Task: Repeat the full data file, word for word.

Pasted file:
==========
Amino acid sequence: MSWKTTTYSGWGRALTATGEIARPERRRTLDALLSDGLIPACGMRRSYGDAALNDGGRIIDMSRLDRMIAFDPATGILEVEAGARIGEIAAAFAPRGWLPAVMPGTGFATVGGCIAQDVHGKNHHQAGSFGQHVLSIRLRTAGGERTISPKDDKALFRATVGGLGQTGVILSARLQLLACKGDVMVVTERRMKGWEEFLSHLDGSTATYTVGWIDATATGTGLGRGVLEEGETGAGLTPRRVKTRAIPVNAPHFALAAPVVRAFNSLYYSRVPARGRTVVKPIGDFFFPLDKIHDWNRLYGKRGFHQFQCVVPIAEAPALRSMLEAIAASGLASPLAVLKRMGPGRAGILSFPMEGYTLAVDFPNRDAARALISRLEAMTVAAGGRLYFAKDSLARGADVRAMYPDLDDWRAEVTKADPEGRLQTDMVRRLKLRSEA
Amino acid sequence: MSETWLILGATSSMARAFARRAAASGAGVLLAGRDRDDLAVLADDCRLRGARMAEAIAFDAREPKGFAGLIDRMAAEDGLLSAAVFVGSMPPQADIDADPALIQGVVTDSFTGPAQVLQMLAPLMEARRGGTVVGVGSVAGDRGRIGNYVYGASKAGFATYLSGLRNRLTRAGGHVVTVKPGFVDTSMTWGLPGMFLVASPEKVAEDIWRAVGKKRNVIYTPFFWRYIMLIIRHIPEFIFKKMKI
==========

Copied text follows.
Amino acid sequence: MSWKTTTYSGWGRALTATGEIARPERRRTLDALLSDGLIPACGMRRSYGDAALNDGGRIIDMSRLDRMIAFDPATGILEVEAGARIGEIAAAFAPRGWLPAVMPGTGFATVGGCIAQDVHGKNHHQAGSFGQHVLSIRLRTAGGERTISPKDDKALFRATVGGLGQTGVILSARLQLLACKGDVMVVTERRMKGWEEFLSHLDGSTATYTVGWIDATATGTGLGRGVLEEGETGAGLTPRRVKTRAIPVNAPHFALAAPVVRAFNSLYYSRVPARGRTVVKPIGDFFFPLDKIHDWNRLYGKRGFHQFQCVVPIAEAPALRSMLEAIAASGLASPLAVLKRMGPGRAGILSFPMEGYTLAVDFPNRDAARALISRLEAMTVAAGGRLYFAKDSLARGADVRAMYPDLDDWRAEVTKADPEGRLQTDMVRRLKLRSEA
Amino acid sequence: MSETWLILGATSSMARAFARRAAASGAGVLLAGRDRDDLAVLADDCRLRGARMAEAIAFDAREPKGFAGLIDRMAAEDGLLSAAVFVGSMPPQADIDADPALIQGVVTDSFTGPAQVLQMLAPLMEARRGGTVVGVGSVAGDRGRIGNYVYGASKAGFATYLSGLRNRLTRAGGHVVTVKPGFVDTSMTWGLPGMFLVASPEKVAEDIWRAVGKKRNVIYTPFFWRYIMLIIRHIPEFIFKKMKI